At one point yesterday, according to Paula Ford, Greg’s mother, who was also at the deposition, McCormack acknowledged that he usually took the word of priests over parishioners when confronted with allegations of child abuse. “In every incident of every alleged victim, he took the word of the priest over the word of the victim,” she said. “When he found out after the fact that the victim was telling the truth, he never took the time to go back to these people and validate their claims.
“This was one of the most painful days of my life,” she said yesterday. “The truth is so painful.”
MacLeish, who is to depose Law tomorrow and Friday, said the testimony also shows that McCormack and his colleagues at the chancery in Brighton ignored Mulkerrin’s advice in violation of a 1992 directive from the U.S. Conference of Catholic Bishops stating that lay Catholics should be kept informed of sexual abuse reports. The conference is expected to issue new guidelines on the reporting of abuse by clergy today.
“Had Bishop McCormack taken the advice of Sister Mulkerrin, and gone to the parishes where Paul Shanley and some of these priests had served, and spoken to them and informed the parishioners of what was going on, I don’t think we would be here today,” he said.
MacLeish confirmed a Herald report yesterday that one of Mulkerrin’s memos read: “I know I sound like a broken record. But we need to put in church bulletins `It has come to our attention a priest stationed here between 19XX and 19XX may have molested children – please contact. . .”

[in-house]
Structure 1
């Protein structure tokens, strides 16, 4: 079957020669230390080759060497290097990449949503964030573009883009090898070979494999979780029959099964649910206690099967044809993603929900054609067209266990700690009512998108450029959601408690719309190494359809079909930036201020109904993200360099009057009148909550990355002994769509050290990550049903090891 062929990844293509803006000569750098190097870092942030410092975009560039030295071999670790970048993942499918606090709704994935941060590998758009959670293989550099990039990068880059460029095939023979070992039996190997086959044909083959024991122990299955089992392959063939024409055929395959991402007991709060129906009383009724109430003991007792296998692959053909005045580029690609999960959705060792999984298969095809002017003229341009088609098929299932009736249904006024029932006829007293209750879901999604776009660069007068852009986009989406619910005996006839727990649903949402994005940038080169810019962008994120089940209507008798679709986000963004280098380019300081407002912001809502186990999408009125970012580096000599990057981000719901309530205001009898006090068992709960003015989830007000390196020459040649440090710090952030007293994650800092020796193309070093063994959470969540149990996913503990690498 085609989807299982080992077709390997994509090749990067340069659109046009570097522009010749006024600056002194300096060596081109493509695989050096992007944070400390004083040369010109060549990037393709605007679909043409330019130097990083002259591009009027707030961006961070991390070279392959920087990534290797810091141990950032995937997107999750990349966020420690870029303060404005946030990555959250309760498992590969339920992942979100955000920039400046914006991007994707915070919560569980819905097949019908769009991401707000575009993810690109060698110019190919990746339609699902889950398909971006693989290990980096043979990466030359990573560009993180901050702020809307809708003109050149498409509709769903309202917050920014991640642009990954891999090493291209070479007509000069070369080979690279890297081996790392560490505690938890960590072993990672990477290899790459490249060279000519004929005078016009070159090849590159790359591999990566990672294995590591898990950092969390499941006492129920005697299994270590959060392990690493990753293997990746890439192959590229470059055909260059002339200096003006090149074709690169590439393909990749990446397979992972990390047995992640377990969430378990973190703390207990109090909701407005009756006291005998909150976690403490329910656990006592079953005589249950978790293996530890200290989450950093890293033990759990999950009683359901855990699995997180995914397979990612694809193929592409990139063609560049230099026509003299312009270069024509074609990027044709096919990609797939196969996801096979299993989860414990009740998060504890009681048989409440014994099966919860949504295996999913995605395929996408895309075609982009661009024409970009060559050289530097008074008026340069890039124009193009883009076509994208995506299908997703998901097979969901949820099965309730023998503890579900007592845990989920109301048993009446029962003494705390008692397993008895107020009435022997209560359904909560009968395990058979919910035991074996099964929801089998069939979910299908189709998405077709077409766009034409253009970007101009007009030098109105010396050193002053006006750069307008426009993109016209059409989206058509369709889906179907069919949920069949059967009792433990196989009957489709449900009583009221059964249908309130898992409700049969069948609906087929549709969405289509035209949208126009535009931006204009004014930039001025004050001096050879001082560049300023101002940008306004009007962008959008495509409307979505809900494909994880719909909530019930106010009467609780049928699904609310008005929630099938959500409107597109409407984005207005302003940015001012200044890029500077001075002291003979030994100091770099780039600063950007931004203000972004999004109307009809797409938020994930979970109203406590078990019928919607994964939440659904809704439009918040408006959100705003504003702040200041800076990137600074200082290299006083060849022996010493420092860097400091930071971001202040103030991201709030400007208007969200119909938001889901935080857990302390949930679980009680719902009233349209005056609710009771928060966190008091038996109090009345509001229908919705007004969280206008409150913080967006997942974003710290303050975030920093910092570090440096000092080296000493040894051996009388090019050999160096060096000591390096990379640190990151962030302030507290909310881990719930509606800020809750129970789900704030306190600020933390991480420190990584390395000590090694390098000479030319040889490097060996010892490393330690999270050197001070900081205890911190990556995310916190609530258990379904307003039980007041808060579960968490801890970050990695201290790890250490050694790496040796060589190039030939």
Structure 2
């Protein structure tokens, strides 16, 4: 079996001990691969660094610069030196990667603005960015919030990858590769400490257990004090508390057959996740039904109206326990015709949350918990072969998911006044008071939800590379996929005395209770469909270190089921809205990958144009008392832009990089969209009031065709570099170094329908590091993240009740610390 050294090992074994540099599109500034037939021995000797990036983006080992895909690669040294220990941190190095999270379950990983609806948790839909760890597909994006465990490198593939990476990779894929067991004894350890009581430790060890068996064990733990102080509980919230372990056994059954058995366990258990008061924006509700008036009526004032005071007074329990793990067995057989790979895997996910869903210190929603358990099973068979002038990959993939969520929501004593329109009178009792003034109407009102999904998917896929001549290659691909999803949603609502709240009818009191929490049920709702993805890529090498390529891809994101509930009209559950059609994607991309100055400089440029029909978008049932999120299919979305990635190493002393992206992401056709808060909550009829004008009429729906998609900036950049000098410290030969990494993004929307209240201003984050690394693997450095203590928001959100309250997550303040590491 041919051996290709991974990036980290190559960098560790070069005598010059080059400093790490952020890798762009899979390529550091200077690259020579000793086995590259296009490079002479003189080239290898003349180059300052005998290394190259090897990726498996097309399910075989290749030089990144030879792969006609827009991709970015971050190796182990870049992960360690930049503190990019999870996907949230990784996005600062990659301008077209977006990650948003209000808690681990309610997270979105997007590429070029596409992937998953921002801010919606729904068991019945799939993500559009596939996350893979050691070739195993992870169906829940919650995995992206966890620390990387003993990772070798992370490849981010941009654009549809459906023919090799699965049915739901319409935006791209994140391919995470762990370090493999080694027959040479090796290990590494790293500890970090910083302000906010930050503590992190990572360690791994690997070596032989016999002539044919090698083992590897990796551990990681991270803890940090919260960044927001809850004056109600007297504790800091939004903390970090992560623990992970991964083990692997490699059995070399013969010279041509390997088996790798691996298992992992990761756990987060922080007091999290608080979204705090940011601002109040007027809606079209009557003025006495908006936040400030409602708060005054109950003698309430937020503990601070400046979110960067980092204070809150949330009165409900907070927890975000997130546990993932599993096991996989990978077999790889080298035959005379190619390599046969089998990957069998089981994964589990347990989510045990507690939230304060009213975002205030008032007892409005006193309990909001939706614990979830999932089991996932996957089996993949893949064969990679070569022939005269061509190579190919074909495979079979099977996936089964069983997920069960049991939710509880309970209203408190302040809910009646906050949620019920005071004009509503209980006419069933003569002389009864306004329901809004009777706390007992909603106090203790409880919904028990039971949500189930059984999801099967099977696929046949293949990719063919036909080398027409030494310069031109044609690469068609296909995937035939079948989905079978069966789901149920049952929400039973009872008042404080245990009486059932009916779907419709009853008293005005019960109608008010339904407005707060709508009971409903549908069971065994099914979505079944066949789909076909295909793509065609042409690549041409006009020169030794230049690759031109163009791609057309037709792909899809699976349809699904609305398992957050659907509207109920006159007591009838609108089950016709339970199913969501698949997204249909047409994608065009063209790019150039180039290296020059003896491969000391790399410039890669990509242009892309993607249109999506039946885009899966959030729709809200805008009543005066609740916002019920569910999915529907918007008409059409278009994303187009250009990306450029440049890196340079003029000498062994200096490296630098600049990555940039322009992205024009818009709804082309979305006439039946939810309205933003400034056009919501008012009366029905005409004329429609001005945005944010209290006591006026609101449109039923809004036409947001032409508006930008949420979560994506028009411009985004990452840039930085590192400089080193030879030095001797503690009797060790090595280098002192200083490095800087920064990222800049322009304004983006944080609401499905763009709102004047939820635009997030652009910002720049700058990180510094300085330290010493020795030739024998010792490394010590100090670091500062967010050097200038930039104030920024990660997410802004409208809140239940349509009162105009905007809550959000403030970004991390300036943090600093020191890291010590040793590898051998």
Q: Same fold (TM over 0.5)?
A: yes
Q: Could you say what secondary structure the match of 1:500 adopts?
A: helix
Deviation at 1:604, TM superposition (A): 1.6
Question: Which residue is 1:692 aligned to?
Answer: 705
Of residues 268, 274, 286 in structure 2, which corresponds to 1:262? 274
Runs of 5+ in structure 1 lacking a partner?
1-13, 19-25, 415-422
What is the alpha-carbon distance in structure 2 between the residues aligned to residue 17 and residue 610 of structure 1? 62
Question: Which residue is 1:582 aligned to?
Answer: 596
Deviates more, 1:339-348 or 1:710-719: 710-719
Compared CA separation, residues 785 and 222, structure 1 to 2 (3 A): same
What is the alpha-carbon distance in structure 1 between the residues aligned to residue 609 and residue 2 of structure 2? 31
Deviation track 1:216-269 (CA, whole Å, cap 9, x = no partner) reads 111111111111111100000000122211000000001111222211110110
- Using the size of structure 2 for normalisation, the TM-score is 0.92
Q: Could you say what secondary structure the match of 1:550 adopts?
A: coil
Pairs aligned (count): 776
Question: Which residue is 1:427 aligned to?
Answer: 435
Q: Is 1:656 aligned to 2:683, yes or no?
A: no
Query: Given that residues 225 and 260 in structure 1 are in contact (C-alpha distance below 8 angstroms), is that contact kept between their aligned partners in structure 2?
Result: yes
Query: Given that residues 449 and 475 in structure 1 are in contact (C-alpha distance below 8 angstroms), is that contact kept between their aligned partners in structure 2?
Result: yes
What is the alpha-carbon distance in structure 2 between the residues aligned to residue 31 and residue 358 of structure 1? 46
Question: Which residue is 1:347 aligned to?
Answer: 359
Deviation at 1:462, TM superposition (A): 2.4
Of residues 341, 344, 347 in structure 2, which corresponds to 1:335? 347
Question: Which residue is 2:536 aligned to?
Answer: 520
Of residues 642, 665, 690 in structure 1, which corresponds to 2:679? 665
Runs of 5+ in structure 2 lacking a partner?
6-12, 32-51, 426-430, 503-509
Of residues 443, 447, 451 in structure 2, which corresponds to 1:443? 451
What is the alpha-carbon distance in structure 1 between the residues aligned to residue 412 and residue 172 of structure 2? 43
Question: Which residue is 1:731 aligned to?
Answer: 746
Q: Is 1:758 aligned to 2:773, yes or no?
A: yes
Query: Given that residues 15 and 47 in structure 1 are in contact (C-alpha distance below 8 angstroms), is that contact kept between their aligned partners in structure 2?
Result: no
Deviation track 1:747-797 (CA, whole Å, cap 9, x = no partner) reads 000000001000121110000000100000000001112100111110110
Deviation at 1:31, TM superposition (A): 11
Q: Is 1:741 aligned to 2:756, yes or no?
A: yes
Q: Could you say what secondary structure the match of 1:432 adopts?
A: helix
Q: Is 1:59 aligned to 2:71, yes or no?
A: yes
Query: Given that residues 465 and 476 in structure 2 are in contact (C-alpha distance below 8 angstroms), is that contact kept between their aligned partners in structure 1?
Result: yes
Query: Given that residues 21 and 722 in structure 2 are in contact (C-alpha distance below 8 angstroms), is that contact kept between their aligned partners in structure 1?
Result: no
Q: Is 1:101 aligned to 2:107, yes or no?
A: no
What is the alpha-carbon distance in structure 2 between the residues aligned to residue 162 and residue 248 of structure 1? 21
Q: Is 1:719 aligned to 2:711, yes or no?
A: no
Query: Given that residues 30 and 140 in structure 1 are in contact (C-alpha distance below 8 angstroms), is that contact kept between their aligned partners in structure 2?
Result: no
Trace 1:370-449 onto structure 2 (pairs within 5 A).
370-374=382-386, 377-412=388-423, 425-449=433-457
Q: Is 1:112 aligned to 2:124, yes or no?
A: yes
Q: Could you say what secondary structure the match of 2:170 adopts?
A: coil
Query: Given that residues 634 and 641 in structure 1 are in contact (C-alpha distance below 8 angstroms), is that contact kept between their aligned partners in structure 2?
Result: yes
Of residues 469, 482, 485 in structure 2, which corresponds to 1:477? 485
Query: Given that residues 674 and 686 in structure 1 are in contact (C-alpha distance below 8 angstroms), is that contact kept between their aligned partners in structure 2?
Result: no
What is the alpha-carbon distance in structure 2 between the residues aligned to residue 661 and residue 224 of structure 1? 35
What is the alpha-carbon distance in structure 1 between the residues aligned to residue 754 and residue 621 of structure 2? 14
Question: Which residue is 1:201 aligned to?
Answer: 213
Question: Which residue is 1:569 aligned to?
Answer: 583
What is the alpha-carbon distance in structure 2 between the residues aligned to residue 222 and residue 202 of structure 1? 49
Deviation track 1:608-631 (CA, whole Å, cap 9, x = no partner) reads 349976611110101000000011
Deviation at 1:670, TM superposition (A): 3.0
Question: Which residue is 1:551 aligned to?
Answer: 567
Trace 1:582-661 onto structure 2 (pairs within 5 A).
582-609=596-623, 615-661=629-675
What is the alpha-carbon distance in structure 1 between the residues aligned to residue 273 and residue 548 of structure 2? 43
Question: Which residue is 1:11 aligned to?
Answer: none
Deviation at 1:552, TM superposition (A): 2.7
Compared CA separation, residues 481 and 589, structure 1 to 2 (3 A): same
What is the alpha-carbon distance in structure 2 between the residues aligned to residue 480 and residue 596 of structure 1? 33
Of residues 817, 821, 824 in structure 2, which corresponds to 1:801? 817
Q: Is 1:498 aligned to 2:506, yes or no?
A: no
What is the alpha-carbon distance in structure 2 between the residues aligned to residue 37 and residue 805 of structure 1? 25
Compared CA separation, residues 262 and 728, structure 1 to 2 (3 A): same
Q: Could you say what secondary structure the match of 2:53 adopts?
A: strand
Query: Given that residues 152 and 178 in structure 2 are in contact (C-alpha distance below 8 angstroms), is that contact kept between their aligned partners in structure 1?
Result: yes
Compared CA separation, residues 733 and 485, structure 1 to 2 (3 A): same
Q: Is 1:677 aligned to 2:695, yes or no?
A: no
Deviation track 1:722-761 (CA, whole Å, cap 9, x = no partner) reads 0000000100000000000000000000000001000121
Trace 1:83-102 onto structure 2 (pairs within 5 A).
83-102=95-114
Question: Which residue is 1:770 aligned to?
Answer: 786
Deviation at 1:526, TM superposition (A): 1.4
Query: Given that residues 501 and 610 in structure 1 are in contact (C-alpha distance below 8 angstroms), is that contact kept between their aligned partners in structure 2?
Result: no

MacLeish said his recent deposition of the Rev. Charles J. Higgins, the current archdiocese personnel chief, showed that Boston officials have discussed abuse at just three of the 200 parishes known to have been served by alleged abusers.
The tone of the session was cordial, said Peter Hutchins, a New Hampshire lawyer who also attended because he has cases involving the church. Written and audio-visual transcripts of the deposition could be made available as soon as this afternoon, pending a ruling by Middlesex Superior Court Judge Raymond J. Brassard.
Testimony also included discussions of priests who have not previously been implicated in abuse cases, MacLeish said.